Maddicks v Big City Props., LLC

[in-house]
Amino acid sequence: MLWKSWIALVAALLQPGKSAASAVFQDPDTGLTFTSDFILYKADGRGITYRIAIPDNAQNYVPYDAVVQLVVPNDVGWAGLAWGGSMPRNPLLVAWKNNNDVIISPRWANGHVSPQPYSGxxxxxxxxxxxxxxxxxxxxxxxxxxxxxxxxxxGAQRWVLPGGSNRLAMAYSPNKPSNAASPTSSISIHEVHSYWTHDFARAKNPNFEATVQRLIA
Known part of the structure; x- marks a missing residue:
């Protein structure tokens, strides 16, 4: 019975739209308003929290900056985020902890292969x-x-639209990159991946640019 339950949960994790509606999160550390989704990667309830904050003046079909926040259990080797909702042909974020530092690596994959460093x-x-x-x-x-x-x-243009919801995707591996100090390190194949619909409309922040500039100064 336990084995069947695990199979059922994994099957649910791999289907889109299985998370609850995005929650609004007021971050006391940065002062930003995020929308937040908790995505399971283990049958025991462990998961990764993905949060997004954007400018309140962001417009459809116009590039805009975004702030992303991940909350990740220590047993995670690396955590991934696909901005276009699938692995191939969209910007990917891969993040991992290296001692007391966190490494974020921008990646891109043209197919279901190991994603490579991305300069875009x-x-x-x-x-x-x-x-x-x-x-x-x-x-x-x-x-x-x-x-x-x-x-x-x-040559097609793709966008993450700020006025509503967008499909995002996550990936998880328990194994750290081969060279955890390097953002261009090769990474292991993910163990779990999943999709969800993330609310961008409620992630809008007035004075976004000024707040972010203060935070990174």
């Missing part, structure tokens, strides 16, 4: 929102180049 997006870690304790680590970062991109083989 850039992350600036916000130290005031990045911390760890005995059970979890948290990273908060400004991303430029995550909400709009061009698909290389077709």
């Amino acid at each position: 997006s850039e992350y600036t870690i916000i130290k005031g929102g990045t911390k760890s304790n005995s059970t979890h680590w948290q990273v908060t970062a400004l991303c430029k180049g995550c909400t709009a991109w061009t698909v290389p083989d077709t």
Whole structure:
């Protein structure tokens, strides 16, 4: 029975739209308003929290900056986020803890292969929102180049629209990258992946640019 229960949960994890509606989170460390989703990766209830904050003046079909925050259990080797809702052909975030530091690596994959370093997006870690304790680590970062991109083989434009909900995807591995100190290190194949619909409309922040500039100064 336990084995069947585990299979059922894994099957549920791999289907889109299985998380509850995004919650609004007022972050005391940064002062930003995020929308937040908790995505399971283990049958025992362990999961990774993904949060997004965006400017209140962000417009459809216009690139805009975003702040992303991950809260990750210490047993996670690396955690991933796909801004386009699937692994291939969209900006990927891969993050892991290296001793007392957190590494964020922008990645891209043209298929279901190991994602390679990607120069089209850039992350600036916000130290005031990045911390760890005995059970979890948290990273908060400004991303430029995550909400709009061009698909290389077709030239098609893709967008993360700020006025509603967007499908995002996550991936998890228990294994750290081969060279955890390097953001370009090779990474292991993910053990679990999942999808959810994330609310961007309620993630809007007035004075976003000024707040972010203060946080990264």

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Maddicks v Big City Props., LLC 2017 NY Slip Op 32385(U) November 8, 2017 Supreme Court, New York County Docket Number: 656345/2016 Judge: Erika M. Edwards Cases posted with a "30000" identifier, i.e., 2013 NY Slip Op 30001(U), are republished from various state and local government websites. These include the New York State Unified Court System's E-Courts Service, and the Bronx County Clerk's office. This opinion is uncorrected and not selected for official publication. [*FILED: NEW YORK COUNTY CLERK 11/16/2017 11:44 AM 1] NYSCEF DOC. NO. 48 INDEX NO. 656345/2016 RECEIVED NYSCEF: 11/16/2017 SUPREME COURT OF THE STATE OF NEW YORK COUNTY OF NEW YORK THERESA MADDICKS, JOHN AMBROSIO, PAUL WILDER, SAMUEL WILDER, ALYSSA O'CONNELL, JOHANNA S. KARLIN, BRIAN WAGNER, TYLER STRICKLAND, DANIEL ROBLES, ELENA RICARDO, LIAM CUDMORE, JENNIFER MAK, JO~HUA BERG, ANISH JAIN, JOHN CURTIN, JONATHAN FIEWEGER, · MARIA FUNCHEON, JORDAN! SANCHEZ, MELISSA MICKENS, M.D. IVEY, DEVIN ELTING, SEMI PAK, KAITLIN CAMPBELL, SARAH NORRIS, MIKIALA JAMISON, SHERESA JENKINS-RISTEKI, YANIRA GOMEZ and KRISTEN PIRO, on behalf of themselves and all others similarly situated, Index No:: 656345/2016 DECISION/ORDER Motion Sequence 002 Plaintiffs, -againstBIG CITY PROPERTIES, LLC, BIG CITY REALTY MANAGEMENT, LLC, BIG CITY ACQUISIONS, LLC, 145 PINEAPPLE LLC, 2363 ACP PINEAPPLE, LLC, 408-412 PINEAPPLE, LLC, 510-512 YELLOW APPLE, LLC, 513 YELLOW APPLE, LLC, 535-539 WEST 155 BCR, LLC, 545 EDGECOMBE BCR, LLC, 603-607 WEST 139 BCR, LLC, 106-108 CONVENT BCR, LLC, 110 CONVENT BCR, LLC, 3660 BROADWAY BCR~ LLC, 3750 BROADWAY BCR, LLC, 559 WEST 156 BCR LLC, 605-607 WEST 141 BCR, LLC, 605 WEST 151 BCR, LLC, 580 ST. · NICHOLAS BCR, LLC and XYZ CORPORATIONS 1-99, / Defendants. · Recitation, as required by CPLR 2219( a), of the papers considered in the review of this motion: Papers Notice of Motion and Affidavits/Affirmations/ Memos of Law annexed 2 of 7 Numbered 1 [*FILED: NEW YORK COUNTY CLERK 11/16/2017 11:44 AM 2] NYSCEF DOC. NO. 48 INDEX NO. 656345/2016 RECEIVED NYSCEF: 11/16/2017 Opposition Affidavits/Affirmations and Memo of Law annexed Reply Affidavits/Affirmations/Memos of Law annexed · 2 3 ERIKA M EDWARDS, JS. C.: Plaintiffs Theresa Maddicks, John Ambrosio, Paul Wilder, Samuel Wilder, Alyssa O'Connell, Johanna S. Karlin, Brian Wagner, Tyler Strickland, Daniel Robles, Elena Ricardo, Liam Cudmore, Jennifer Mak, Joshua Berg, Anish Jain, John Curtin, Jonathan Fieweger, Maria Funcheon, Jordani Sanchez, Melissa Mickens, M.D. Ivey, Devin Elting, Semi Pak, Kaitlin Campbell, Sarah Norris, Mikiala Jamison, Sheresa Jenkins-Risteki, Yanira Gomez and Kristen Piro, on behalf of themselves and others similarly situated, (collectively "Plaintiffs") brought this putative class action suit requesting declaratory and injunctive relief for claims alleging improper rent stabilization overcharges against Defendants Big City Properties, LLC, 1 Big City Realty . Management, LLC, Big City Acquisitions, LLC, 145 Pineapple LLC, 2363 ACP Pineapple, LLC, 408-412 Pineapple, LLC, 510-512 Yellow Apple, LLC, 513 Yellow Apple, LLC, 535-539 West 155 BCR, LLC, 545 Edgecombe BCR, LLC, 603-607 West 139 BCR, LLC, 106-108 Convent BCR, LLC, 110 Convent BCR, LLC, 3660 Broadway BCR, LLC, 3750 Broadway BCR, LLC, 559 West 156 BCR LLC, 605-607 West 141 BCR, LLC, 605 West 151 BCR, LLC, 580 St. Nicholas BCR, LLC and XYZ Corporations 1-99 (collectively "Defendants"). Defendants now move pre-Answer to dismiss Plaintiffs' amended complaint pursuant to CPLR 3211 (a)(1)(2)(3), (5) and (7). Plaintiffs' oppose the motion. For the reasons set forth herein, the court grants Defendants' motion to dismiss Plaintiffs' amended complaint without prejudice. In their amended complaint, Plaintiffs allege in substance that Defendants or their predecessors illegally and fraudulently engaged in a scheme and pattern to inflate rents in apartments located in over 20 buildings owned or operated by Defendants ("Big City Portfolio") in violation of the rent stabilization laws. Plaintiffs allege that Defendants and/or their predecessors relied on various methods to illegally overcharge their tenants, including: 1) failing to provide their tenants with rent-stabilized leases as required for Defendants to receive J-51 tax incentives; 2) misrepresenting and obfuscating the costs of Individual Apartment Improvements ("IAis") performed on Plaintiffs' apartments; 3) failing to register rental information necessary to calculate the correct legal regulated rent; and/or 4) inflating the fair market rent on apartments and deregulating such apartments. Plaintiffs' proposed class includes current and former tenants of Big City Portfolio buildings, from December 6, 2012 to present, who resided in rent-stabilized or unlawfullyderegulated apartments who overpaid their rent based on Defendants' or their predecessors' misrepresentations of the amount of the legal regulated rents and improvements. Additionally, Plaintiffs' proposed sub-class consists of all current tenants of Big City Portfolio buildings, who currently reside in rent-stabilized apartments or unlawfully deregulated apartments. Plaintiffs previously voluntarily discontinued the action against Defendant Big City Properties, LLC without prejudice and without costs. 1 2 3 of 7 [*FILED: NEW YORK COUNTY CLERK 11/16/2017 11:44 AM 3] NYSCEF DOC. NO. 48 INDEX NO. 656345/2016 RECEIVED NYSCEF: 11/16/2017 Defendants argue in substance that Plaintiffs' attempt to bring this action as a class action fails as a matter of law because Defendants are unrelated, separate entities and Plaintiffs improperly attempt to impute alleged wrongful acts of one defendant against another without demonstrating how the entities are affiliated or legally intertwined; there is no class representative related to eight of the sixteen properties, nor allegations of any wrongdoing against eight of the sixteen property owners; there are different time periods; there are different property owners; Plaintiffs fail to allege the dates of Defendants' ownership and fail to differentiate between the culpable conduct of the Defendants and their non-party prior owners; many of the claims are time barred; and the claims are improper for a class action because they are fact specific and require individual case-specific analysis. Plaintiffs argue that they have properly pled each class claim and the court should deny Defendants' motion because it is premature and prior to any discovery. Plaintiffs also argue in substance that Plaintiffs' IAI claims are not barred by the statute of limitations and there is substantial indicia of fraud; Plaintiffs are not required to bring their claims before DHCR as this court has concurrent jurisdiction over many of the claims and DHCR cannot grant some of the remedies sought in Plaintiffs' amended complaint and Plaintiffs properly joined each Defendant. When considering Defendants' motion to dismiss for failure to state a cause of action, pursuant to CPLR 321 l(a)(7), the court must afford the pleading a liberal construction, accept all facts as alleged in the pleading to be true, accord the plaintiff the benefit of every possible inference, and determine only whether the facts as alleged fit within any cognizable legal theory (Leon v Martinez, 84 NY2d 83, 87-88 [1994]). A court may freely consider affidavits submitted by a plaintiff to remedy any defects in the complaint, but the court should not consider whether the plaintiff has simply stated a cause of action, but rather whether the plaintiff actually has one (Amaro v Gani Realty Corp., 60 AD3d 491, 492 [1st Dept 2009]). Normally, a court should not be concerned with the ultimate merits of the case (Anguita v Koch, 179 AD2d 454, 457 [1st Dept 1992]). However, these considerations do not apply to allegations consisting of bare legal conclusions as well as factual claims which are flatly contradicted by documentary evidence (Simkin v Blank, 19 NY3d 46, 52 [2012]). The trial court has broad discretion to determine whether the putative class meets the standards for class certification based upon review of the statutory criteria set forth in CPLR 901(a) as applied to the facts of the case (Small v Lorillard Tobacco Co., 94 NY2d 43, 52-53 [ 1999]). The prerequisites for class certification are 1) the class is so numerous that joinder of all members is impracticable; 2) there are questions of law or fact common to the class which predominate over any questions affecting only individual members; 3) the claims or defenses of the representative parties are typical of the class; 4) the representative parties will fairly and adequately protect the interests of the class; and 5) a class action is superior to other available methods for the fair and efficient adjudication of the controversy (CPLR 901 [a]). If a suit meets the qualifications for class action certification, then CPLR 901 (b) permits a class action suit for plaintiffs to recover compensatory overcharges, even though Rent Stabilization Code § 26-516 does not specifically authorize class action recovery and imposes treble damages upon a finding of willful violation (Borden v 400 E. 55'h St. Assoc., L.P., 24 NY3d 382, 389-390 [2014]). Furthermore, courts have held that the recovery of the base amount 3 4 of 7 [*FILED: NEW YORK COUNTY CLERK 11/16/2017 11:44 AM 4] NYSCEF DOC. NO. 48 INDEX NO. 656345/2016 RECEIVED NYSCEF: 11/16/2017 ofrent overcharge is actual, compensatory damages, not a penalty, within the meaning of CPLR 901(b), and plaintiffs are permitted to voluntarily waive treble damages or opt out of the class to seek treble damages (id. at 390). The First Department acknowledged that a motion to dismiss may be made prior to "a motion to determine the propriety of the class and a hearing under CPLR 902 where 'it appears conclusively from the complaint and from the affidavits that there was as a matter of law no basis for the class action relief" (Downing v First Lenox Terrace Assoc., 107 AD3d 86, 91 [1st Dept 2013], quoting Wojciechowski v Republic Steel Corp., 67 AD2d 830, 831 [4th Dept 1979]). In applying these principles to the facts of this case, the court grants Defendants' motion to dismiss Plaintiffs' amended complaint as against all Defendants. As Defendants correctly noted, there are no allegations of wrongdoing against and no class representatives for the properties owned by the following eight Defendants: 145 Pineapple LLC, 2363 ACP Pineapple, LLC, 513 Yellow Apple, LLC, 603-607 West 139 BCR, LLC, 559 West 156 BCR LLC, 605-607 West 141 BCR, LLC, 580 St. Nicholas BCR, LLC and 3660 Broadway BCR, LLC. Also, the amended complaint does not allege which entity owns 555 West 1515t Street. Therefore, the court dismisses the claims against these Defendants for Plaintiffs' failure to state a claim, pursuant to 321 l(a)(7). Additionally, the court finds that the Plaintiffs and Defendants are not properly joined as parties to this action because Plaintiffs failed to properly assert how the Defendants are factually or legally related or bound in this action. It appears that Plaintiffs allege that the properties are linked simply because they are managed by the same company and the company engaged in a pattern of fraudulent rent overcharges involving each class representative. However, Plaintiffs failed to adequately assert such claims. Plaintiffs' allegations that all properties are part of the Big City Portfolio is insufficient to join all claims and all parties based on the facts alleged in the amended complaint. Furthermore, Plaintiffs' failed to properly assert a class action. Based on the facts of this case, the court determines that this suit fails as a class action because the questions of law or fact common to the class do not predominate over questions affecting only individual members, the claims or defenses may not be typical of the class and a class action is not superior to other available methods of adjudication. Generally, in cases involving alleged rent overcharges a class action suit may be proper if it meets the criteria under CPLR 901 when the action involves the same allegation of wrongdoing, plaintiffs who are current or former tenants of the same building and defendants who are the current or prior owners of the building. Here, Plaintiffs attempt to join former and current tenants of several different properties, owned by separate and distinct companies, which are based on different theories ofrecovery, involving separate and distinct law and facts. Such claims are inappropriate for a class action. Therefore, the court denies the purported class action in this case. Additionally, for several reasons each claim requires fact-specific analysis which precludes class certification. There are different buildings involved, different owners, different dates when the owners acquired the property, different prior owners, different registration periods and since there are different theories of recovery, each theory requires different defenses 4 5 of 7 [*FILED: NEW YORK COUNTY CLERK 11/16/2017 11:44 AM 5] NYSCEF DOC. NO. 48 INDEX NO. 656345/2016 RECEIVED NYSCEF: 11/16/2017 and evidence. Therefore, each theory of recovery or each owner may require different questions of law or fact which affect the individual members of the class associated with that owner and/or theory. Furthermore, since there are so many different entities and theories, each claim or defense may not be typical of the class which is necessary for class certification. Although Plaintiffs allege that there are common questions of law or fact based on a pattern of improperly inflating the rent, Plaintiffs rely on several different theories of the manner in which Defendants inflated the rent and different Defendants and their predecessors are accused of using one or more methods at various times spanning many years. Defendants correctly note that Plaintiffs' claims based on IAis require a determination of whether any qualified improvements were done on each individual apartment, the cost of such improvements based on the invoices submitted and the appropriate rental increase, which may require individual inspections of each apartment. On the contrary, the determination of whether Defendants or their predecessors failed to properly register each apartment requires a separate and distinct analysis of the paperwork filed for each apartment. When dealing with twenty properties and numerous owners, such individual analyses could be onerous. Furthermore, the court agrees with Defendants that Plaintiffs' Fourth Cause of Action under General Business Law§ 349 for Defendants' alleged deceptive acts and practices require individualized fact-specific analysis. Because of the Plaintiffs' different theories ofrecovery, the court must consider the likely defenses raised by each individual Defendant and the nature of the evidence to determine how eavh class member was misled by Defendants' or their predecessors' actions. Finally, based on the alleged conduct of each Defendant and the class members' theories of recovery, a class action cannot be determined to be superior to other available methods for the fair and efficient adjudication of the controversy. As mentioned above, to proceed as a class, Plaintiffs must waive their right to seek treble damages, since treble damages are penalties which are precluded in class actions, or exercise their right to opt out. Therefore, individual class members may wish to pursue administrative remedies under the Rent Stabilization Code in a Division of Housing and Community Renewal (DHCR) proceeding or individual suit. Since the class representatives may not reflect the interests of the class based on the different theories a class action may not be the superior manner in which to bring Plaintiffs' claims. In conclusion, the court grants Defendants' motion to dismiss Plaintiffs' amended complaint as against all Defendants. The court determines that Plaintiffs failed to state a claim, pursuant to 321 l(a)(7), against Defendants 145 Pineapple LLC, 2363 ACP Pineapple, LLC, 513 Yellow Apple, LLC, 603-607 West 139 BCR, LLC, 559 West 156 BCR LLC, 605-607 West 141 BCR, LLC, 580 St. Nicholas BCR, LLC and 3660 Broadway BCR, LLC. Additionally, the court determines conclusively from the facts alleged in Plaintiffs' amended complaint and the evidence submitted that, as a matter of law, there is no basis for class action relief. Therefore, since the court dismisses the amended complaint based on these grounds, the court need not address the remainder of Defendants' arguments in favor of dismissal of Plaintiffs' amended complaint. 5 6 of 7 [*FILED: NEW YORK COUNTY CLERK 11/16/2017 11:44 AM 6] NYSCEF DOC. NO. 48 INDEX NO. 656345/2016 RECEIVED NYSCEF: 11/16/2017 As such, it is hereby ORDERED that the court grants Defendants' motion to dismiss Plaintiffs' amended complaint, Plaintiffs' complaint is dismissed without prejudice and without costs and the Clerk is directed to enter judgment accordingly in favor of Defendants as against Plaintiffs. Date: November 8, 2017 6 7 of 7